Category Archives: Grace definition

Why oh why?

It’s Narcissist Friday!     

 

You sit in your chair staring at the television. It’s off. The room is dark because you don’t want to be in the light right now. No one is around and you are grateful. Your mind and heart are numb, yet racing with thought. Numb thought. That’s about right.

What you did was wrong. It was a foolish decision. Yet, you did it knowingly and willingly. You didn’t stop at the warnings, you just did it. And it felt good. Or did it? There was something in it that felt good, but that numbness was there as well. The laughter and happiness were tempered by the knowledge that regret was coming. You knew you would pay a price.

And maybe this wasn’t the first time. It’s like something builds in you and needs to be released. The release brings pleasure, but also pain. The problem seems to be that the pain is future while the pleasure is present. As long as the pleasure comes first, you long for it. The pain, which seems so real as you sit in your chair staring at the TV, is far enough away to be ignored.

Pastor Jones preaches in favor of marriage and family, but visits the adult bookstore when he goes to the big city. He lives in fear that someone will see him and hates himself later, but rarely misses the stop. Mrs. Smith has a bottle hidden away and seeks comfort in its contents. The last bottle, like the ones before it, was poured down the drain in shame and guilt. But there’s always another. Another few dollars from the register at work, another few “extra” hours on the time card, just one more night together, just a little lie: these seem to take the pressure away—for a while.

Why do we do what we don’t want to do? Why do we keep making these bad decisions? What in the world is going on?

Well, the problem may be old, but the answer isn’t easy. It has to do with how we believe we are accepted or loved. The old saying is that everybody needs to be somebody to somebody. We need affirmation and, to get it, we will do just about anything.

Almost all of us grew up with affirmation that came on the basis of some kind of points. We earned points by doing the right things. We lost points when we did the wrong things. Our culture, whether from the church or family or community, sought to mold us by a system of rewards and punishments. And, for the most part, it appeared to work. We are affirmed when we do well and shamed when we do not.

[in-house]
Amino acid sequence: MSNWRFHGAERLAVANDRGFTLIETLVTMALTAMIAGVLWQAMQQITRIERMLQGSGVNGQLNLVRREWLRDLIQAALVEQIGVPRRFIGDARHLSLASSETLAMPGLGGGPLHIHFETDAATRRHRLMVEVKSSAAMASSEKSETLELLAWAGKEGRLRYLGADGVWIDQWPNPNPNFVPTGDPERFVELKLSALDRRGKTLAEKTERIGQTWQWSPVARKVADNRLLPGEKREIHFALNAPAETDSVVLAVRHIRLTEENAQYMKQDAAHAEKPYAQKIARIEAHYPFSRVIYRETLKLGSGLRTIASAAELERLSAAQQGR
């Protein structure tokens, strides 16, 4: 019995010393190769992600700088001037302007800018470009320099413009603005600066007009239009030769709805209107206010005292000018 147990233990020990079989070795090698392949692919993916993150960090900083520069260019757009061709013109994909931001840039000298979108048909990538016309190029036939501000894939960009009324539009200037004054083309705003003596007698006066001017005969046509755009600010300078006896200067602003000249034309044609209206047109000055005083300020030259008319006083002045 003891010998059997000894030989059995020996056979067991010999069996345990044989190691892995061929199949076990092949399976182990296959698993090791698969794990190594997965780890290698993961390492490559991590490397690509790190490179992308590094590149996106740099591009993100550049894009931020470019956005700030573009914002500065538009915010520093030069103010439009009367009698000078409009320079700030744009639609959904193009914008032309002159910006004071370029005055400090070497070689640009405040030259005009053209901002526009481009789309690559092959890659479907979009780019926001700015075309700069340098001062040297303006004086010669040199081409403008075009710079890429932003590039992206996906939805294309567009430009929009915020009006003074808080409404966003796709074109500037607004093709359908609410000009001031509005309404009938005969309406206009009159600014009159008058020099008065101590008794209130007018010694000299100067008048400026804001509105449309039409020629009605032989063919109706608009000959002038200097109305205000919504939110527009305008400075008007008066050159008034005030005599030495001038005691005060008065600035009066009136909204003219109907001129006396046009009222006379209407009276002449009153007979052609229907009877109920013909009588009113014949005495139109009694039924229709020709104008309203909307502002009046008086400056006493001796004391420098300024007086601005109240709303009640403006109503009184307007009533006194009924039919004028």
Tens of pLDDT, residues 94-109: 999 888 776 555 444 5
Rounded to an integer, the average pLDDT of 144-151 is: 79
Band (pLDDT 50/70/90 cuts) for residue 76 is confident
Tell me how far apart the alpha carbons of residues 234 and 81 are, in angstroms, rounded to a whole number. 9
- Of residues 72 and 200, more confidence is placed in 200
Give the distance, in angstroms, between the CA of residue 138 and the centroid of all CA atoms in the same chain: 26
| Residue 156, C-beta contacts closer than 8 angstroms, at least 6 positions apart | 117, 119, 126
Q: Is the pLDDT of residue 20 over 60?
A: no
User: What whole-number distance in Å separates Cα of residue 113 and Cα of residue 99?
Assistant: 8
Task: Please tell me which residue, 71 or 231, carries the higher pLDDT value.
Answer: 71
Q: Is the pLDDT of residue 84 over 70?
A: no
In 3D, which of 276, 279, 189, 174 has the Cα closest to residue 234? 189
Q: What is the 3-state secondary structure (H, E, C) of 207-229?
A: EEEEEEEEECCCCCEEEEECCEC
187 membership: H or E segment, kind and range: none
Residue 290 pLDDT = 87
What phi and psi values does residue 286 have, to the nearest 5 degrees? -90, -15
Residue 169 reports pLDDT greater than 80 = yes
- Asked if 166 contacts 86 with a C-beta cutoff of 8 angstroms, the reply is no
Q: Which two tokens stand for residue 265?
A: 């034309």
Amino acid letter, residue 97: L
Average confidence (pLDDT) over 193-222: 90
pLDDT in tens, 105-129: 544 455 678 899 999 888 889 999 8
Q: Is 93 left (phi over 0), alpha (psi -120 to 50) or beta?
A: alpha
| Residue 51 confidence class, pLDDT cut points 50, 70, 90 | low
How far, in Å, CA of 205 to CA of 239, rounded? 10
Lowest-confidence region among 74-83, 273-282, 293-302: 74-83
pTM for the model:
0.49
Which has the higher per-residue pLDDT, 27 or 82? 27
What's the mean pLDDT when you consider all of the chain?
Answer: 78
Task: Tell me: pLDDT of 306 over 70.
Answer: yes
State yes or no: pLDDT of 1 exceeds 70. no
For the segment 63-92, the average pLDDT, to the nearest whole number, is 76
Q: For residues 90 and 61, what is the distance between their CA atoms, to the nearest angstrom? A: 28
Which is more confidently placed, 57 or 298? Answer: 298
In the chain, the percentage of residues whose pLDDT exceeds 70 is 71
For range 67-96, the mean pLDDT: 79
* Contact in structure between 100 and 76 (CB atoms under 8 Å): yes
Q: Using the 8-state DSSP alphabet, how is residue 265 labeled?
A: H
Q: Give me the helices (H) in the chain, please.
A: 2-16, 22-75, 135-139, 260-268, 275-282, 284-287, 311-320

But inside, where our thoughts and desires live, affirmation comes from feeling important or valued. We want to feel good about ourselves. Yes, that might mean that we want to feel righteous, but it also means we want to feel strong or desirable or rich. We aren’t usually content with feeling acceptable to the community, we want to feel like we are “somebody.” The community affirms us when we conform, when we are not independent and creative. Our hearts affirm us when we express our uniqueness and value.

Most of the vices in life minister to our need to feel special. Alcohol, overspending, porn, drugs, lying, theft—all are there because they promise to meet that need. They may do it through fantasy, but even fantasy feels good for a while. They all have consequences, but the feeling is sometimes worth the price. The vices calls to the needs of our hearts.

Keeping the rules and cultural standards may satisfy the community, but that doesn’t satisfy the heart. The points we gain from “doing right” are not enough. We seem to need more. Points come from the other side as well. The fantasies give us points that feel good. It even makes us feel strong and independent to break the rules. Those points count. They don’t satisfy either, but they seem to give us something.

Once the cycle begins, and it begins early, we go from breaking the rules and scoring the points that make us feel good to keeping the rules and trying to overcome the negatives with points from the good side. So Pastor Jones preaches about faithfulness in marriage, then visits the porn shop, then preaches a stronger message about marriage the next week. He isn’t being simply insincere. He is struggling with these feelings of acceptance. He thinks he can overcome the negative points with more positive ones.

But the more we try to overcome the negatives with positives, the more we feel phony and the less any of the points help us feel good about ourselves. Our goal is to feel good, but those feelings diminish the longer the process goes. The cycle becomes more and more frantic until something happens to break it. It will begin all over again unless we find a way to get away from points altogether. As with any addiction, we have to find a way to break free.

There is a way, but it is contrary to most of what you have been taught and most of what you feel. That way is to accept the love and affirmation of the One who made you. He does love you. It doesn’t matter what you have done. He welcomes you. He values you. He wants you to know that no system of points, either in your culture or your heart, will ever be enough to satisfy your need. His love will be enough.

The message of the Gospel of Jesus is a message of love and acceptance. I know that preachers have made it sound otherwise, but they are as bound up in their system as you have been in yours. The message of the cross is one of sacrificial love for those who neither deserved nor understood it. It allows all of us to get off the point system and accept our acceptance.